Understanding the concept of your play and its strengths/weaknesses is extremely important if you’re trying to be a great quarterback. By concept, we mean something like smash, dagger, mesh, etc. Each concept has strengths and weaknesses. Understanding these will help you capitalize on the good looks and salvage the bad looks.
Here’s a scenario: The play call is dubs right, 4 verticals, with a tailback swing route out of the backfield. The defense is in a 2 safety alignment with corners at 10 yards– a pretty clear cover 4 look.
When you snap the ball, the DB’s all drop and remain in cover 4. The average quarterback will try to throw one of the go routes and make a big play. The smarter quarterback will quickly throw the tailback swing to try and get a few yards. The play call was not great against a cover 4 look, but this play is salvageable with a smart quarterback.
Another scenario: You’re in a trips closed formation (with the tight end attached) and motion your running back out to flank the tight end. He’s running a go-route. The defense is in a 1-high alignment.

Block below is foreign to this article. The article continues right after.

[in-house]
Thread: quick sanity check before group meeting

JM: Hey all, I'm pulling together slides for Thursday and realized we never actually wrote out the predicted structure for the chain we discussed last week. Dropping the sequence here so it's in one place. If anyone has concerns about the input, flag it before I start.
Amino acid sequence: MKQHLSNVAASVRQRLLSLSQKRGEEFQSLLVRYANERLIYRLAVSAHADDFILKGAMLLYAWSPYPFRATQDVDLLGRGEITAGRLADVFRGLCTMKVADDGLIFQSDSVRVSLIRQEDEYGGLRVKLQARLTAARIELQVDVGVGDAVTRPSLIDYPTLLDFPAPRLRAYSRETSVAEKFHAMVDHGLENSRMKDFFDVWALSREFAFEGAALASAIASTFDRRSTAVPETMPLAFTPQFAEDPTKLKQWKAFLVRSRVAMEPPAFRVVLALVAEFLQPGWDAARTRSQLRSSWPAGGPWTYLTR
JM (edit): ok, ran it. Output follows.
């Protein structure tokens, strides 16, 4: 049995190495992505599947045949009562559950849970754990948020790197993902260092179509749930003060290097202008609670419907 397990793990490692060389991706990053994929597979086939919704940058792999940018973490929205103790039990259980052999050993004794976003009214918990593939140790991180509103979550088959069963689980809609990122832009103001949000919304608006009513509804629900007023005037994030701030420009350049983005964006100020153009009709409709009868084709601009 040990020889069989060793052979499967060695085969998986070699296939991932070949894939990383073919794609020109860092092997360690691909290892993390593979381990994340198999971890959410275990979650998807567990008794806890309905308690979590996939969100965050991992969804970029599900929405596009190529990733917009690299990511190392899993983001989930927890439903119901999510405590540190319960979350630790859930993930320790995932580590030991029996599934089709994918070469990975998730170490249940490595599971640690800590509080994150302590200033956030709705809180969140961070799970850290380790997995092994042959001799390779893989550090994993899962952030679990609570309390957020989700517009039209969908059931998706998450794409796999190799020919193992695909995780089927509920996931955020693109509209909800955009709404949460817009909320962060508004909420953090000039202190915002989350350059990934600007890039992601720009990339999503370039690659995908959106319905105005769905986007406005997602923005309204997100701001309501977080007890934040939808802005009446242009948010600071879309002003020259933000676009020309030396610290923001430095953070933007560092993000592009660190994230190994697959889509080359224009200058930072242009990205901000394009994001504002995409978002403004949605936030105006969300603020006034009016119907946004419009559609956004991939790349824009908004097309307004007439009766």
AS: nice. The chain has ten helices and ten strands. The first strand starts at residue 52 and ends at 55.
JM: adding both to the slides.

When your tailback motions, the mike backer follows him out. You know it’s man coverage. The average quarterback knows that the slant route on his front side is a good man-beater, which it is. The smarter quarterback knows that the tailback vs. a mike linebacker is a great matchup and will take his shot downfield with that matchup.
The next time you call a play in the huddle think to yourself “Do i understand the strengths and weaknesses of this play?” If the answer is no, then you’ve got some work to do. Again, the point of knowing these strengths and weaknesses is to capitalize on good looks and salvage bad ones.
What challenges are you working on with your mental game? Let us know in the comments below or email us at [email protected]
Brendan Beresford is the founder of QBIQ. You can reach him at [email protected] or on Instagram at @QBIQapp